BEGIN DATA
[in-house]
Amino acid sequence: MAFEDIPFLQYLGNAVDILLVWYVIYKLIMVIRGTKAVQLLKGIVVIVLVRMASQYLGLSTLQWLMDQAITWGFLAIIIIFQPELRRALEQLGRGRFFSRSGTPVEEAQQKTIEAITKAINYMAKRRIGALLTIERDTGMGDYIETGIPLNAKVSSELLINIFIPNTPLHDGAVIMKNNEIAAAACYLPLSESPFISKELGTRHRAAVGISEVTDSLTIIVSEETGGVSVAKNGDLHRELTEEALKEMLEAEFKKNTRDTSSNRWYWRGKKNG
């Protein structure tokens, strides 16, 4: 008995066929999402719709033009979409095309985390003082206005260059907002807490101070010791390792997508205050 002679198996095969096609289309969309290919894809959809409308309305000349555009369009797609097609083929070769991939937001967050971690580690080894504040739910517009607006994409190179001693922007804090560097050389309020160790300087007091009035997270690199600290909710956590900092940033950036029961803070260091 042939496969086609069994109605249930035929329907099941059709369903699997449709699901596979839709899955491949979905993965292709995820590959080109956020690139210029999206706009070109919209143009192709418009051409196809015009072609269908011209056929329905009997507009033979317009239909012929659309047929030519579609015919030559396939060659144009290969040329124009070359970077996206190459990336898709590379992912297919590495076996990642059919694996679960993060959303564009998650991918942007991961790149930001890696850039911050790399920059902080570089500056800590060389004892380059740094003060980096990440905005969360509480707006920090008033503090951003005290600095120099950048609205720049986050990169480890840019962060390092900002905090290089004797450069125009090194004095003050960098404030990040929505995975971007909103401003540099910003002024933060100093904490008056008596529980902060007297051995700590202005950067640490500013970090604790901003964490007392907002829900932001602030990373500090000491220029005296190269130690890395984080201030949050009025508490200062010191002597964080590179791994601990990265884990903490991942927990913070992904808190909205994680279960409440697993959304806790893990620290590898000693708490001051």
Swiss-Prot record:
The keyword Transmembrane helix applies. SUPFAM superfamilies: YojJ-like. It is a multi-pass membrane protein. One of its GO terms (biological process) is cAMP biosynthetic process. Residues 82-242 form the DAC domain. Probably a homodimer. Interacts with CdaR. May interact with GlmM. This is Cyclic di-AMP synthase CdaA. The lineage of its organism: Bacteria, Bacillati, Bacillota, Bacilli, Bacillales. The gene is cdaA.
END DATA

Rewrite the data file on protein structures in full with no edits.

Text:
[in-house]
Amino acid sequence: MAFEDIPFLQYLGNAVDILLVWYVIYKLIMVIRGTKAVQLLKGIVVIVLVRMASQYLGLSTLQWLMDQAITWGFLAIIIIFQPELRRALEQLGRGRFFSRSGTPVEEAQQKTIEAITKAINYMAKRRIGALLTIERDTGMGDYIETGIPLNAKVSSELLINIFIPNTPLHDGAVIMKNNEIAAAACYLPLSESPFISKELGTRHRAAVGISEVTDSLTIIVSEETGGVSVAKNGDLHRELTEEALKEMLEAEFKKNTRDTSSNRWYWRGKKNG
């Protein structure tokens, strides 16, 4: 008995066929999402719709033009979409095309985390003082206005260059907002807490101070010791390792997508205050 002679198996095969096609289309969309290919894809959809409308309305000349555009369009797609097609083929070769991939937001967050971690580690080894504040739910517009607006994409190179001693922007804090560097050389309020160790300087007091009035997270690199600290909710956590900092940033950036029961803070260091 042939496969086609069994109605249930035929329907099941059709369903699997449709699901596979839709899955491949979905993965292709995820590959080109956020690139210029999206706009070109919209143009192709418009051409196809015009072609269908011209056929329905009997507009033979317009239909012929659309047929030519579609015919030559396939060659144009290969040329124009070359970077996206190459990336898709590379992912297919590495076996990642059919694996679960993060959303564009998650991918942007991961790149930001890696850039911050790399920059902080570089500056800590060389004892380059740094003060980096990440905005969360509480707006920090008033503090951003005290600095120099950048609205720049986050990169480890840019962060390092900002905090290089004797450069125009090194004095003050960098404030990040929505995975971007909103401003540099910003002024933060100093904490008056008596529980902060007297051995700590202005950067640490500013970090604790901003964490007392907002829900932001602030990373500090000491220029005296190269130690890395984080201030949050009025508490200062010191002597964080590179791994601990990265884990903490991942927990913070992904808190909205994680279960409440697993959304806790893990620290590898000693708490001051």
Swiss-Prot record:
The keyword Transmembrane helix applies. SUPFAM superfamilies: YojJ-like. It is a multi-pass membrane protein. One of its GO terms (biological process) is cAMP biosynthetic process. Residues 82-242 form the DAC domain. Probably a homodimer. Interacts with CdaR. May interact with GlmM. This is Cyclic di-AMP synthase CdaA. The lineage of its organism: Bacteria, Bacillati, Bacillota, Bacilli, Bacillales. The gene is cdaA.